Severely disabled people put on Universal Credit 6 months after pledge to stop

Tory ministers have been criticised for continuing to move severely disabled people to Universal Credit – more than six months first pledging to stop.

Ministers said last June they planned to stop any more people on Severe Disability Premiums (SDPs) joining the new benefit, until transition cash was in place.

But the law to stop moving SDP claimants only took effect on January 16.

Labour is now demanding to know how many SDP claimants moved over in the seven-month period after Tories promised to act.

Shadow Work and Pensions Secretary Margaret Greenwood has written to Tory welfare chief Amber Rudd asking for the figures.

And she called for transition payments that "fully reflect the financial loss they will have suffered as a result".

Ms Greenwood wrote: "Disabled people rely on the support they receive from Severe Disability Premium to enable them to live independently.

"Any cut in support has very serious implications for those affected."

The announcement was made on June 7 by then-Department for Work and Pensions (DWP) minister Esther McVey.

It came after thousands of people lost their disability ‘premiums’ by moving to UC – the Tories’ flagship all-in-one benefit.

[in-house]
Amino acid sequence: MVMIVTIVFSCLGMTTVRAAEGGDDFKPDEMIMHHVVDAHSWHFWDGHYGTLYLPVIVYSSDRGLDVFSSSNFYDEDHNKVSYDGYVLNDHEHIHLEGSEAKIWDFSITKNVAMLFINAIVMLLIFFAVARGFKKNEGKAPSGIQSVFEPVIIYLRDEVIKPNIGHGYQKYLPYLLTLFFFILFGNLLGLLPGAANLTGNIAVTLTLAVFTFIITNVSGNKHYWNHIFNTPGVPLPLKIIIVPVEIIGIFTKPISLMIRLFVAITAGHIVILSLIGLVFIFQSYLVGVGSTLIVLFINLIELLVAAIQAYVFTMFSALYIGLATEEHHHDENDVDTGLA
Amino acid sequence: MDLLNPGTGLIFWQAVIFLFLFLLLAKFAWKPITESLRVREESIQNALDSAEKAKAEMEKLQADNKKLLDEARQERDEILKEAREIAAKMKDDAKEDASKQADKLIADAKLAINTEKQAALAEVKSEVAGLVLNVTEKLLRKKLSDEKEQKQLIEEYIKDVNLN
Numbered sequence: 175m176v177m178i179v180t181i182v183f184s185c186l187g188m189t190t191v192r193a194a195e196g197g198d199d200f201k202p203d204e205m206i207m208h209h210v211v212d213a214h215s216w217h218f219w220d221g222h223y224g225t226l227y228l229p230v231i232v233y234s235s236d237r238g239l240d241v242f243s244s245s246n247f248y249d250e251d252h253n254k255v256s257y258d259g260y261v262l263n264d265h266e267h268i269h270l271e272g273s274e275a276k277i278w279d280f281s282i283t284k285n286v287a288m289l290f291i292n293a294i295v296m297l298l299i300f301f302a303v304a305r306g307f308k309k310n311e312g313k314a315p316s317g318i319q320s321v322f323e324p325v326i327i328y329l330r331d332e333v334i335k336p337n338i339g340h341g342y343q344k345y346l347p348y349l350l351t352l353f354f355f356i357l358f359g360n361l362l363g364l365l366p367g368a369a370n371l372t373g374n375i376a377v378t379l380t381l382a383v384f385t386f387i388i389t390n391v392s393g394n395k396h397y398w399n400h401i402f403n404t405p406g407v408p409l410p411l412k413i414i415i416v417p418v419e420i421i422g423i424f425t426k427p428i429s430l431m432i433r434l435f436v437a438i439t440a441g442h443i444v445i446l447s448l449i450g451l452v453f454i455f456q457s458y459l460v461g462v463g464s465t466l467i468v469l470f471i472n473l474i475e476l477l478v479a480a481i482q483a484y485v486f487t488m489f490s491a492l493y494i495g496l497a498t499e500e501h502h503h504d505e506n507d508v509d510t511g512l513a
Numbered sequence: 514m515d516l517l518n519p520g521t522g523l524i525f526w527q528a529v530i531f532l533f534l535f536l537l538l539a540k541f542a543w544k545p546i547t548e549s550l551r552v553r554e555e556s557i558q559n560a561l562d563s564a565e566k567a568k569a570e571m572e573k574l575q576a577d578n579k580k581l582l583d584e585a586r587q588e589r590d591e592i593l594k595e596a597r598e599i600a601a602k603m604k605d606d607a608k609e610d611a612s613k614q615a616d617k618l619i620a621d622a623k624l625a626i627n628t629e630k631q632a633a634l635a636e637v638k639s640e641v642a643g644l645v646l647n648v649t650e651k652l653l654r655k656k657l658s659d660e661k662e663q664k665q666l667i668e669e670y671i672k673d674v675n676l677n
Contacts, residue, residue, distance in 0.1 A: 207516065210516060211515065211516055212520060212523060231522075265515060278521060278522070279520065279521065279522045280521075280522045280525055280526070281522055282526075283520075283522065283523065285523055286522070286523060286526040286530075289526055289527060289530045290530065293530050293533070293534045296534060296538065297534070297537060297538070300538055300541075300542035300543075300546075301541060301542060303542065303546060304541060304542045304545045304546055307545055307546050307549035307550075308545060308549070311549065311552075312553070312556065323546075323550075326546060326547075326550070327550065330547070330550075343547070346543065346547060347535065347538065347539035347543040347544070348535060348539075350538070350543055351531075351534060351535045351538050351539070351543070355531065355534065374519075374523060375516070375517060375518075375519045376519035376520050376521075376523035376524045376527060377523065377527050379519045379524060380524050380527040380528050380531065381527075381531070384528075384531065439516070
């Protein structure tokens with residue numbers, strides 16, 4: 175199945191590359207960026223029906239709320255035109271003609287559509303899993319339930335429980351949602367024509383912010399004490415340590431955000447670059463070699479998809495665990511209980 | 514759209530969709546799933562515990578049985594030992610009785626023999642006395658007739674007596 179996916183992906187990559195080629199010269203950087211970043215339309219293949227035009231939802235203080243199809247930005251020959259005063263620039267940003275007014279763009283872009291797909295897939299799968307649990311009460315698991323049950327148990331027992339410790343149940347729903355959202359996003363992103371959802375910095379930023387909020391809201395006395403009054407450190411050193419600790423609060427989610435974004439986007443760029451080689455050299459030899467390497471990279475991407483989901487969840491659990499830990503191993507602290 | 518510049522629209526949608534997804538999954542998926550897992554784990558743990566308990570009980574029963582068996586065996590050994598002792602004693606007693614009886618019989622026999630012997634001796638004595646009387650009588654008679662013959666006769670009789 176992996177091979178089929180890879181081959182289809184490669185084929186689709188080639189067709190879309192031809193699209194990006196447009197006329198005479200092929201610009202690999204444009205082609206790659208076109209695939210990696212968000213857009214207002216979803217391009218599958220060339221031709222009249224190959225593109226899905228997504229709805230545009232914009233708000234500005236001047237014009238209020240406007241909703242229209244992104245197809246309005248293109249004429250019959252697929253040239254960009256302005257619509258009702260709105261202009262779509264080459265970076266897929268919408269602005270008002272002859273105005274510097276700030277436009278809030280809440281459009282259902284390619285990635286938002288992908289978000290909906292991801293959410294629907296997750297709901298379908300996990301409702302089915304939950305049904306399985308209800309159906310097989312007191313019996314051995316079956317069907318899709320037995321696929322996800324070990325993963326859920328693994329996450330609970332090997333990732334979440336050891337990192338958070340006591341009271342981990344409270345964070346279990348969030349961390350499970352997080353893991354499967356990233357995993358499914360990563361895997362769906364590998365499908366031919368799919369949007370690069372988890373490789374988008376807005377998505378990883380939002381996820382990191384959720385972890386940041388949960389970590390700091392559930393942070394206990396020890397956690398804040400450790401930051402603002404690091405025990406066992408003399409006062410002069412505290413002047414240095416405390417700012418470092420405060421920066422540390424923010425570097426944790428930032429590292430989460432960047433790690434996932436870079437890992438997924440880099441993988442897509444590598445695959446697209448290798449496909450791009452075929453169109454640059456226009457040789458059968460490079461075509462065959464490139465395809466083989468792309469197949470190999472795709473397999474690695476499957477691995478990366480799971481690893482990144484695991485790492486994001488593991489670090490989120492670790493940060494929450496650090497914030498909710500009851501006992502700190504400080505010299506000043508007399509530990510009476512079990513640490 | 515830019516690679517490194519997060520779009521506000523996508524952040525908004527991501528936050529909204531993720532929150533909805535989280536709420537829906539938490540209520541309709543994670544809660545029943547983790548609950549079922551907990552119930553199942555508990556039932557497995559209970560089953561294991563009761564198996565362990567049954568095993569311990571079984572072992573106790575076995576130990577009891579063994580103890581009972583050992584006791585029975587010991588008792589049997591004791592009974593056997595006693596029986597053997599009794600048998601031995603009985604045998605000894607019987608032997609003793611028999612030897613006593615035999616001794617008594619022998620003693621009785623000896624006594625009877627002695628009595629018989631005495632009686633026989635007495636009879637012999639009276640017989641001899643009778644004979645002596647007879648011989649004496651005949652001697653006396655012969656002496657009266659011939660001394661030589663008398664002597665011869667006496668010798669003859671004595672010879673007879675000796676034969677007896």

Premiums recognise the extra costs people face if they don’t have a carer. But they do not exist under UC, which uses a separate system.

Campaigners claimed that left some families £147 a month out of pocket.

Ms McVey said she would bring forward changes as part of legislation "in the autumn". However, although the law was brought forward in the autumn, it only took effect last week.

Now that the law has taken effect, SDP claimants should not have to move to UC until ‘managed migration’ begins fully in mid-2020.

Meanwhile, draft laws are still going through Parliament to refund the thousands of SDP claimants who have already moved to UC.

It will come as a lump sum and ongoing payments. But the law is still being examined.

The letter demands a "clear timeframe" for when back payments will be available.

And Ms Greenwood, who co-signed the letter with Shadow Minister for Disabled People Marsha De Cordova, claimed some people will still be out of pocket.

She said some are due £80 a month, which "does not make up for the past and ongoing losses that they have and will experience as a result of moving onto UC."

She warned some of those claimants could lose £180 a month, according to the Children’s Society and Disability Benefits Consortium.

"We ask you to address this as a matter of urgency," she added.

DWP officials said former SDP claimants are due a transition payment of either £80 or £280 depending on their eligibility.

A DWP spokeswoman said: "We have always said we would bring in these regulations from January.

"We remain committed to implementing protections for people in receipt of Severe Disability Premium.

“We have simplified the disability provision within Universal Credit and around 1 million disabled people will receive an average of £100 more a month than on the old system."

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